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Editorial: A way of seeing the world

Editorial: A way of seeing the world

I’m often introduced as an environmentalist. I prefer to be called a father, grandfather, scientist or author, as these terms provide insight into my motivation. Environmentalism isn’t a discipline or specialty like law, medicine, plumbing, music or art. It’s a way of seeing our place in the world and recognizing that our survival, health and happiness are inextricably dependent on nature.

I recently attended an event with a panel of outstanding athletes and artists who had become activists on various environmental issues. The moderator asked what role awe had played in their commitment. I couldn’t help thinking that two more words should have been added to the discussion: “humility” and “gratitude”.

We’re clever animals — so smart that we think we’re in command. We forget that our inventions have created many crises. Atomic bombs represented an incredible scientific and technological achievement, releasing the power within atoms. But when the U.S. dropped them on Japan in 1945, scientists didn’t know about radioactive fallout, electromagnetic pulses or the potential for nuclear winter. Those were discovered after we used the weapons.

Swiss chemist Paul Mueller won a Nobel Prize in 1948 for his discovery that DDT was a potent insecticide. Many years after the compound was put into widespread use, biologists discovered a previously unknown phenomenon: biomagnification up the food chain.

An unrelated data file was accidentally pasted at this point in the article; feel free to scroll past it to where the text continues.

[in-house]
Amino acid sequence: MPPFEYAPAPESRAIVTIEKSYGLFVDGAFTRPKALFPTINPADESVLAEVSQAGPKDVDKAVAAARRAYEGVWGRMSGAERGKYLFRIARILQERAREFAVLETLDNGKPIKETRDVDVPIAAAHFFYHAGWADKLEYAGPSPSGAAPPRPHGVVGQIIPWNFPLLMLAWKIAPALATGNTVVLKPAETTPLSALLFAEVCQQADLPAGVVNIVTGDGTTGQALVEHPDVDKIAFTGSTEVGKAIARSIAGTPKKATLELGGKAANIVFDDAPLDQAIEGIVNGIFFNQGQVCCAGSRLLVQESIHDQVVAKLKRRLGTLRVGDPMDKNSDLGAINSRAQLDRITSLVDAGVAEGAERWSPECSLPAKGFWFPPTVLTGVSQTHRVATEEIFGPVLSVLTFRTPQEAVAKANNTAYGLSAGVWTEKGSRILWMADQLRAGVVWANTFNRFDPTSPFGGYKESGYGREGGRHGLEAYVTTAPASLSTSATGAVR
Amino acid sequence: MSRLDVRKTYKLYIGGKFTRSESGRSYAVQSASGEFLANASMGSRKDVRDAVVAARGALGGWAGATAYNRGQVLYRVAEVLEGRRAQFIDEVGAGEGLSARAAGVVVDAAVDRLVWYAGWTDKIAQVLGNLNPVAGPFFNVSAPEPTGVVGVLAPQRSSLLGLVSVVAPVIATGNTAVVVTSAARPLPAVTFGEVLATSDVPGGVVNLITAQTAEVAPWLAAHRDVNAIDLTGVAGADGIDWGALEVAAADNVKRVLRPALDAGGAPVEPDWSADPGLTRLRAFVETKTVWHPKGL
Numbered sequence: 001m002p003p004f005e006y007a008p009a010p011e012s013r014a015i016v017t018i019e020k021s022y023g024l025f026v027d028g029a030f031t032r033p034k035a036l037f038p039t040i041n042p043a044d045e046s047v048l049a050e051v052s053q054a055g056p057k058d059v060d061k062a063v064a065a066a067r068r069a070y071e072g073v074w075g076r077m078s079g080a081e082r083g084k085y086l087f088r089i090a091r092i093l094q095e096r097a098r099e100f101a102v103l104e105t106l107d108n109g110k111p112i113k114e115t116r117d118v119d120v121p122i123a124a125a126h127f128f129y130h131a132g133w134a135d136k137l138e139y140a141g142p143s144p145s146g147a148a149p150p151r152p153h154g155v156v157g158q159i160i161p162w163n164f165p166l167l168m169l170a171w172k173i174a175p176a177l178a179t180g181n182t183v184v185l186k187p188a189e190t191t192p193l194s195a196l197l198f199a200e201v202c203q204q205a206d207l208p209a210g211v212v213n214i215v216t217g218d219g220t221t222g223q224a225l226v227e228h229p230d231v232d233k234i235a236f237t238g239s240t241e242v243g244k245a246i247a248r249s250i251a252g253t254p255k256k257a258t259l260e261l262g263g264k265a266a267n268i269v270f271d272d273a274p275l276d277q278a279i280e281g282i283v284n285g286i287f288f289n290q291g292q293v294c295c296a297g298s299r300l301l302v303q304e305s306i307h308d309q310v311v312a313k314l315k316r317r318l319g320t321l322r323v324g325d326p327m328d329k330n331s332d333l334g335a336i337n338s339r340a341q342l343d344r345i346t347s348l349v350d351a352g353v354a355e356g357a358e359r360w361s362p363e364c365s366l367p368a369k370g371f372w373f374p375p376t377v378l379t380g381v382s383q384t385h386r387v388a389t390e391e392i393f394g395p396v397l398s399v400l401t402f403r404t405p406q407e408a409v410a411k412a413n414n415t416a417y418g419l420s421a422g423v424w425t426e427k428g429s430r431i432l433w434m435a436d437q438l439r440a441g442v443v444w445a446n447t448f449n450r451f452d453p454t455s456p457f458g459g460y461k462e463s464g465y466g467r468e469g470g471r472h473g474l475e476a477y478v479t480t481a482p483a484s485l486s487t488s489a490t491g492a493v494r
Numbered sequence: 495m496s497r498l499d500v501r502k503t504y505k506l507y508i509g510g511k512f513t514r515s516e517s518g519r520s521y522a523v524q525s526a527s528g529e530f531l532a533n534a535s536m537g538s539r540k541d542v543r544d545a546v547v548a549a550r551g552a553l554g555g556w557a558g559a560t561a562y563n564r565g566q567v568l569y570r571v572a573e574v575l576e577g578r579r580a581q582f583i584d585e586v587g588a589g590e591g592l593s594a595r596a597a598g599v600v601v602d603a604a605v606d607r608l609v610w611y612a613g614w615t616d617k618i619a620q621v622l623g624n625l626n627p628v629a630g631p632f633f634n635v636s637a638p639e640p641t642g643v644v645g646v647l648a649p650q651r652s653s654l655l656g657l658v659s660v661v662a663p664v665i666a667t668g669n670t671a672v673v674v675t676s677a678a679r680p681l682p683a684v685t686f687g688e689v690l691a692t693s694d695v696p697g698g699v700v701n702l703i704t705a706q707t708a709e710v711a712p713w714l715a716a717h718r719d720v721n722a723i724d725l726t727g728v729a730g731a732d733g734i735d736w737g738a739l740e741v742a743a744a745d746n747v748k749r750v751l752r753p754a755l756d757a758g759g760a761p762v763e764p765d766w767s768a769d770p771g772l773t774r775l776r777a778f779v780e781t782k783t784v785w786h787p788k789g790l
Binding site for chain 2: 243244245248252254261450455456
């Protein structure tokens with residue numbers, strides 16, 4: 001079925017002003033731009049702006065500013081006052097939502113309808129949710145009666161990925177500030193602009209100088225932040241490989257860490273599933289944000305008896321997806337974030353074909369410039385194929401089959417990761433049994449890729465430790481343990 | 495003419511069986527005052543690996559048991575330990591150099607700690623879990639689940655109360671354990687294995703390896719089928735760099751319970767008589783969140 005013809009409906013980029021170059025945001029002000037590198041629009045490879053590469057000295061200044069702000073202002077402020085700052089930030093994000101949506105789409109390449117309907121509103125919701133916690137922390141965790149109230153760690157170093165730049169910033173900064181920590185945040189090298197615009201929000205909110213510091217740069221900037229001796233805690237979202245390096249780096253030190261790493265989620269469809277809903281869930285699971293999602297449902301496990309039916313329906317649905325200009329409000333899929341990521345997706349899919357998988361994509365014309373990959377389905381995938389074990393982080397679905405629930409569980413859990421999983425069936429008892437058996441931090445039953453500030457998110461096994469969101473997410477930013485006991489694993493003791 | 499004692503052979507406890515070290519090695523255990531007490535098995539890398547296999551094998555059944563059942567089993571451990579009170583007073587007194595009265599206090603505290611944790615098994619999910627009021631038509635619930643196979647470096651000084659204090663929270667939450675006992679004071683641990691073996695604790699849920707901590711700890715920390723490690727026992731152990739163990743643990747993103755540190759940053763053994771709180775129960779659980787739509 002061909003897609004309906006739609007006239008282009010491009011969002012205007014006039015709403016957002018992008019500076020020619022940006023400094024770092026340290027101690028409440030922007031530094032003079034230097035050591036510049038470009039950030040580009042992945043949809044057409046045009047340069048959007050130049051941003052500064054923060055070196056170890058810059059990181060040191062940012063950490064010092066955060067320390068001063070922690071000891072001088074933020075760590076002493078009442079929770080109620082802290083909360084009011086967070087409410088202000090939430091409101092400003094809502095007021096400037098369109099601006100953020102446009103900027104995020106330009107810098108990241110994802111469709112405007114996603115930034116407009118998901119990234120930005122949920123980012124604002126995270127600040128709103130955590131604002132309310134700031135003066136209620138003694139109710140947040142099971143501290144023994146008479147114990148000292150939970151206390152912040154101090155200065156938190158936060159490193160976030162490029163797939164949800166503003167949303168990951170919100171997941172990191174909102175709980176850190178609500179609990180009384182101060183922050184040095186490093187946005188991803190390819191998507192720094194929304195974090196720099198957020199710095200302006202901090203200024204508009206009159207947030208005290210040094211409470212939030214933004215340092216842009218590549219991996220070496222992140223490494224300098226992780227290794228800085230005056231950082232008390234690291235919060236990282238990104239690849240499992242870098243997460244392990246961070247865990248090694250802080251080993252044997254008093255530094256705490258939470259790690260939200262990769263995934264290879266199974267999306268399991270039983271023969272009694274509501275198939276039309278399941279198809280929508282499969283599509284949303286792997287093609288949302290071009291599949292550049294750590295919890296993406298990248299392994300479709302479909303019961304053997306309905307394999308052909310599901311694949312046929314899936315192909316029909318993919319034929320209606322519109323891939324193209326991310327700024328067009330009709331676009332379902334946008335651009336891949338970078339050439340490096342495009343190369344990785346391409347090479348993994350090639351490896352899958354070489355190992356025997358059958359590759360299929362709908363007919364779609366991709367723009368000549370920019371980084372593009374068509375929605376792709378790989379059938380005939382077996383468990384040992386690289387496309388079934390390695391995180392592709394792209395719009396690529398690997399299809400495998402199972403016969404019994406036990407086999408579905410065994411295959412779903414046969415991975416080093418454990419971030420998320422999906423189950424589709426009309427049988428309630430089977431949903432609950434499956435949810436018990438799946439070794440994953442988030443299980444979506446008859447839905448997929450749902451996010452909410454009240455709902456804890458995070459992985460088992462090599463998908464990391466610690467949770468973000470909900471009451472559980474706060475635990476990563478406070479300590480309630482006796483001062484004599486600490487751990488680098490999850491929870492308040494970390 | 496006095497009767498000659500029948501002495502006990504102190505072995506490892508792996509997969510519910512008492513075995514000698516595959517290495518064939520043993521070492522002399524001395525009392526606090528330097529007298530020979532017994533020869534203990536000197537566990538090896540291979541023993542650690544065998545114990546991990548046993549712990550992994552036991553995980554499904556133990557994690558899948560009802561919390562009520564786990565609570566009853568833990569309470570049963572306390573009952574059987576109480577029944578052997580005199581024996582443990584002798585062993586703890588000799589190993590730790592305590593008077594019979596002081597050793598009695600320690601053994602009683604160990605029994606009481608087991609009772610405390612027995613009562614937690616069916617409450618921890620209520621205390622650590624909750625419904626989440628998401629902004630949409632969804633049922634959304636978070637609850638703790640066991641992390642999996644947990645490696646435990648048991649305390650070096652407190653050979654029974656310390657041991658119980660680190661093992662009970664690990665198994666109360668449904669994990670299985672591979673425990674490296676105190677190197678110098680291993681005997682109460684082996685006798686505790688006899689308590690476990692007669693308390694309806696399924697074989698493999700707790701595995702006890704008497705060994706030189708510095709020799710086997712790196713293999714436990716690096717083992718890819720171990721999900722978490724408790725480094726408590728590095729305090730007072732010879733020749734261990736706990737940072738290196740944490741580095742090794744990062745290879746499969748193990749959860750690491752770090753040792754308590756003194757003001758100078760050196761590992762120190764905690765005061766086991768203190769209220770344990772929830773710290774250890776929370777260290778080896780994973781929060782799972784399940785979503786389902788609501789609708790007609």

What we need is humility. Clever as we are, nature is far more creative.

The Canadian Cancer Society recently reported that half our population will develop cancer. This isn’t normal, but it shouldn’t surprise us. After all, we have synthesized hundreds of thousands of new molecules that have never existed on Earth. Most have never been tested for their biological effects and tens of thousands are now used in products and enter our waste stream. To arrest the cancer crisis (and it is a crisis), we must stop using the biosphere as a garbage can or sewer for these new molecules.

Along with humility, we should be grateful for nature’s generosity, something I’ve learned from Indigenous peoples. They acknowledge the source of their well-being, clean air, clean water, clean food and clean energy — all things that are created, cleansed or replenished by the web of life around us. In the urbanized industrial world we inhabit, we tend to think the economy is the source of all that matters to us, and so we have little regard for what we’re doing to the natural systems that sustain us. It’s time to see with new eyes.

David Suzuki 

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